Digital-Media Company Moves Into New Town Center Home — Intermarkets, a Reston-based digital-media company whose portfolio includes The Drudge Report and The Political Insider, is now headquartered on the 11th floor of Reston Town Center’s One Freedom Square. [Virginia Business]
Reston residents argue that a zoning ordinance amendment proposed by Fairfax County would cause the community to become too overpopulated to manage.
That makes what happened at a scheduled county meeting to discuss the topic Monday night particularly ironic.
After hundreds of Restonians crowded into the cafeteria at Lake Anne Elementary School for the forum, Fairfax County Supervisor Cathy Hudgins and staff from the Department of Planning and Zoning told them the meeting would have to be postponed until a larger venue could be booked.
“It is a safety issue and a code violation [to have so many people in the cafeteria],” Hudgins said to a chorus of boos from the crowd, many of whom were wearing yellow-shaded Reclaim Reston and Rescue Reston T-shirts. “You did come out and that’s important, and I’m glad that you did, we appreciate that.”
The proposal from the county’s Department of Planning and Zoning would bump the overall limit on people per acre in Reston’s Planned Residential Community (PRC) District from 13 to 16. (The density is currently about 11.9 people per acre.) The PRC District does not include any of the Transit Station Area property surrounding the Wiehle-Reston East and Herndon Metro stations, nor does it include most of the property in the Reston Town Center Metro station TSA south of the Dulles Toll Road.
The ordinance amendment would also allow for the Board of Supervisors to be able to approve individual developments in excess of 50 dwelling units per acre in TSAs within the PRC and when in accordance with Comprehensive Plan recommendations. Those areas that would be marked for major residential development include all of Reston’s village centers.
Citizen activists warn that the combined effect of these changes could see the population of Reston tripled by 2050.
According to signage displayed in the cafeteria at Lake Anne Elementary School, the fire code caps the number of occupants of the cafeteria at 210 when tables and chairs are present, as they were Monday night. Estimates of attendance for the meeting ranged from 350 to over 400.
This letter was submitted by Reston resident John Pinkman, a member of the Rescue Reston board of directors. It does not reflect the opinions of Reston Now. We publish article and opinion contributions of specific interest to the Reston community. Contributions may be edited for length or content.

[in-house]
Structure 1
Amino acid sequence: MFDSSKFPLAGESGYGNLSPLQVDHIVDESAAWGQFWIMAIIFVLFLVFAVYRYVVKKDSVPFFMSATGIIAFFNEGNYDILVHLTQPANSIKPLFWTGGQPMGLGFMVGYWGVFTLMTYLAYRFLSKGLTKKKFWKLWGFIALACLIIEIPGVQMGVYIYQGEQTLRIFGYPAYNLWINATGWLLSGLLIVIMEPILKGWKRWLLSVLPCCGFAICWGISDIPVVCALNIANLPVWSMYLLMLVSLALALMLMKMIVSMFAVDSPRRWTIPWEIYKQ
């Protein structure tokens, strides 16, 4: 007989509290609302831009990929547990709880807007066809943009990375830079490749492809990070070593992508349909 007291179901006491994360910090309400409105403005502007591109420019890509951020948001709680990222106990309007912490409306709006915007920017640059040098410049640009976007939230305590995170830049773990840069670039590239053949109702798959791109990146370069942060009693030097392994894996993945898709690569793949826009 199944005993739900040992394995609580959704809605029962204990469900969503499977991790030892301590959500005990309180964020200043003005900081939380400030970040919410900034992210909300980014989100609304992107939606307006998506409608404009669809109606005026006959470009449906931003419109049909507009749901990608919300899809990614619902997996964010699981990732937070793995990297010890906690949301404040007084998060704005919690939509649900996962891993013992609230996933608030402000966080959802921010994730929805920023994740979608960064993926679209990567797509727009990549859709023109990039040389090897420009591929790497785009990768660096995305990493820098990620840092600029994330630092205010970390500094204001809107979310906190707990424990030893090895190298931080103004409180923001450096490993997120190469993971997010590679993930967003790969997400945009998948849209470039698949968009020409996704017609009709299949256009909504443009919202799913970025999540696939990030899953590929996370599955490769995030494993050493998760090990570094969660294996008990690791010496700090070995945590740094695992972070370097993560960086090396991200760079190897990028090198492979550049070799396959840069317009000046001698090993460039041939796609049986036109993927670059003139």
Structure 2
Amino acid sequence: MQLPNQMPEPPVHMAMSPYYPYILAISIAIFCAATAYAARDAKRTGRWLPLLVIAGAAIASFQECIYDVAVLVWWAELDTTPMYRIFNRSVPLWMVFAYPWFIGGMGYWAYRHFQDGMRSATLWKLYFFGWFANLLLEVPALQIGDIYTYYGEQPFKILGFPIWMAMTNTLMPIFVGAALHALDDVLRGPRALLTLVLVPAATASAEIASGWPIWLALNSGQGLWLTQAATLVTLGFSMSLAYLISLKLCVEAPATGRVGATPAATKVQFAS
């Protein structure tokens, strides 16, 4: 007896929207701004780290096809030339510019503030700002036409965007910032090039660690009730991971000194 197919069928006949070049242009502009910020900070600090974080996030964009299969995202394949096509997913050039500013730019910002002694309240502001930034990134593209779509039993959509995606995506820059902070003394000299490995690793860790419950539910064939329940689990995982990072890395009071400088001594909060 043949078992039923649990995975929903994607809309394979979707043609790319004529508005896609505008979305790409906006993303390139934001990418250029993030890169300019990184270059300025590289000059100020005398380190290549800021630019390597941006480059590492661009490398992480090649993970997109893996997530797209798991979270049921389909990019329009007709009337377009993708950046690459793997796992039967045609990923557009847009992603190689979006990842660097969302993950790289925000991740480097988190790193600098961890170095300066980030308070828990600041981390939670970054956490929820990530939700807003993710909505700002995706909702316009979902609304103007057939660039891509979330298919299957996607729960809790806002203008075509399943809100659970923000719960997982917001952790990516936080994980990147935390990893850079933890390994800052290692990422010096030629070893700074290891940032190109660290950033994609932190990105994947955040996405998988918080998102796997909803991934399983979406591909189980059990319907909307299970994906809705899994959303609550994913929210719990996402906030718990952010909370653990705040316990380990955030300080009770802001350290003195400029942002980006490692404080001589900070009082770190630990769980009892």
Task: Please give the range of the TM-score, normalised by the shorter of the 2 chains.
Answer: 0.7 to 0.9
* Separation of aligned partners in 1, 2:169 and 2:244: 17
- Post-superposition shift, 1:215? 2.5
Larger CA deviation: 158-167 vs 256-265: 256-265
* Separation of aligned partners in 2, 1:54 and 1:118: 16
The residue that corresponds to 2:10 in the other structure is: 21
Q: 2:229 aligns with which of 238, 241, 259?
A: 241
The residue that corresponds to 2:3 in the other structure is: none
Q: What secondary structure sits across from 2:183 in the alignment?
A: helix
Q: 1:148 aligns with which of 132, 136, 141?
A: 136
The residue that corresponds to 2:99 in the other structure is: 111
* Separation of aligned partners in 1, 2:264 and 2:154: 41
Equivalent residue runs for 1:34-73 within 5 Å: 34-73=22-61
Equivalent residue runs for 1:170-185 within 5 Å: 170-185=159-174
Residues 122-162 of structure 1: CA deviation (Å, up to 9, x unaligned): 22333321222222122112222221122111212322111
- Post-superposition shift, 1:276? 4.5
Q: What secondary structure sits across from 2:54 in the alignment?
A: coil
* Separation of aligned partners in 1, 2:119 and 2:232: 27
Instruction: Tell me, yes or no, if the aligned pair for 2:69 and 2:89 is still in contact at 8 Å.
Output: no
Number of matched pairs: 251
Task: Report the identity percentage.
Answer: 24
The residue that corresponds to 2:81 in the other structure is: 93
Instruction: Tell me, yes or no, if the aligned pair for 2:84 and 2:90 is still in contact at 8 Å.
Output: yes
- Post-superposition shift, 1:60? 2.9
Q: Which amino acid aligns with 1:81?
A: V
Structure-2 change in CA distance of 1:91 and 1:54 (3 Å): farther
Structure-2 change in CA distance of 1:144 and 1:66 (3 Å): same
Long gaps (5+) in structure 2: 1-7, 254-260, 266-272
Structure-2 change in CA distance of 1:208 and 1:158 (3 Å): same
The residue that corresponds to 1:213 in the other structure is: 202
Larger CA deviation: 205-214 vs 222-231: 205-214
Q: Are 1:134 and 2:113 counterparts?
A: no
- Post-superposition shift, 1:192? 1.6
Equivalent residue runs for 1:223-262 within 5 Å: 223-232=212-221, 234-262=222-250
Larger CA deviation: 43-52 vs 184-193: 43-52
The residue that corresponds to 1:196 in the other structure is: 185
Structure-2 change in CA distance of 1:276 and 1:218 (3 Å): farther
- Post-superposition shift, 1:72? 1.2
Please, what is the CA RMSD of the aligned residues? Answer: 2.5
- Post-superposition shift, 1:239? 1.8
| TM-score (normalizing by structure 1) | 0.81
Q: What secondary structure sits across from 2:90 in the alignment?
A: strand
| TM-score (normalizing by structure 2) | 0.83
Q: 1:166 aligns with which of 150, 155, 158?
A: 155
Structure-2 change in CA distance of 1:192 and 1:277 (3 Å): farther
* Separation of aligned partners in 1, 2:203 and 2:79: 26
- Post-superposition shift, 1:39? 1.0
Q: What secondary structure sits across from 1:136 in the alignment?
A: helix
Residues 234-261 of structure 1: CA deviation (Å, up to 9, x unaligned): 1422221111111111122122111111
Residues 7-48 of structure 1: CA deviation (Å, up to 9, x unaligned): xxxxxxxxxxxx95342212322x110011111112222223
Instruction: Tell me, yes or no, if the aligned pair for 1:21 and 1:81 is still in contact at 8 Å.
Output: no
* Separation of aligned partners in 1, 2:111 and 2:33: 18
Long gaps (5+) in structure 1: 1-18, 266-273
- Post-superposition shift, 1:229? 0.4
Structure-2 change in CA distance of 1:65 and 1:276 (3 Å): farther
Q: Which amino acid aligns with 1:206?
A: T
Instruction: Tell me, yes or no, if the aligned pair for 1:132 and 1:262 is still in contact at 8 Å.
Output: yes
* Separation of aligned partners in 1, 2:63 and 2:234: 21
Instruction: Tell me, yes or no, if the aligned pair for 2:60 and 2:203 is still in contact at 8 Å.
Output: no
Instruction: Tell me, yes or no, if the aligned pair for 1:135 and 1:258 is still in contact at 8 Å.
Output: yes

On Monday, Oct. 2, Rescue Reston will hold its third annual golf fundraiser on the course that Northwestern Mutual would like to turn into thousands of housing units. All fundraisers are directed toward the legal defense. Will NWM stay in town and make a commitment to our community, as did Mobil? I don’t think so; if there were a door, you would hear NWM slam on their way out! See ya!
Through my work with Rescue Reston, I have criticized myself for the inability to create a sense of loss throughout the community that we would experience if we lost the open space the golf course provides. I was hard on myself — until I learned how few Restonians voted in the Reston Association Board elections. Way less than 10 percent, I’m told.
I understand apathy; I expect it. However, Reston was not built on apathy. Thousands of people have worked hard to create the community we thrive in today. It costs more to live here because of the discipline of the way we choose to live. As a result, we have succeeded. The manner in which we built this town has yielded consistent national recognition. It’s a special place.
When I was young, I lived in Houston. They exuded pride in having no zoning regulations. The out-of-control pace of development stretched the city’s boundaries in Texas-size growth. That is, until the housing bust plummeted values and the recent rains came. You could build a million dollar home and see a 7-Eleven store spring up on one side and an oil rig on the other. I don’t remember even a neighborhood in Houston, let alone a sense of community.
When I first saw Reston in the late ’60s, I instantly felt a sense of community. When I returned in 1978, I walked into the Reston Festival at Lake Anne and instantly decided — this is home. There is not a day I walk through the plaza without recalling that celebration of Reston in ’78.
We have lived here for 40 years, 25 in a home on the golf course. We have worked so hard to buy our home and invest in Reston as we raised our three kids and now seven grandkids. As have thousands of others, we have contributed to our neighborhood and community. The beat goes on; our children and their spouses are all teachers making an impact.
Let me be clear; our family is far from unusual. Other families also have a long legacy and have done much to make Reston what it is. Why do 90 percent of people who live here care so little about its future as to ignore their right to choose the leaders who guide that future? Are they too busy? Got to get the kids to soccer? “All I care about is driving on these nice roads, seeing the trees and kicking back. I’ll let someone else take care of the future.” Apathy.
Rescue Reston is continuing its effort to ensure any future action at Reston National Golf Course maintains its status as nearly 170 acres of open space.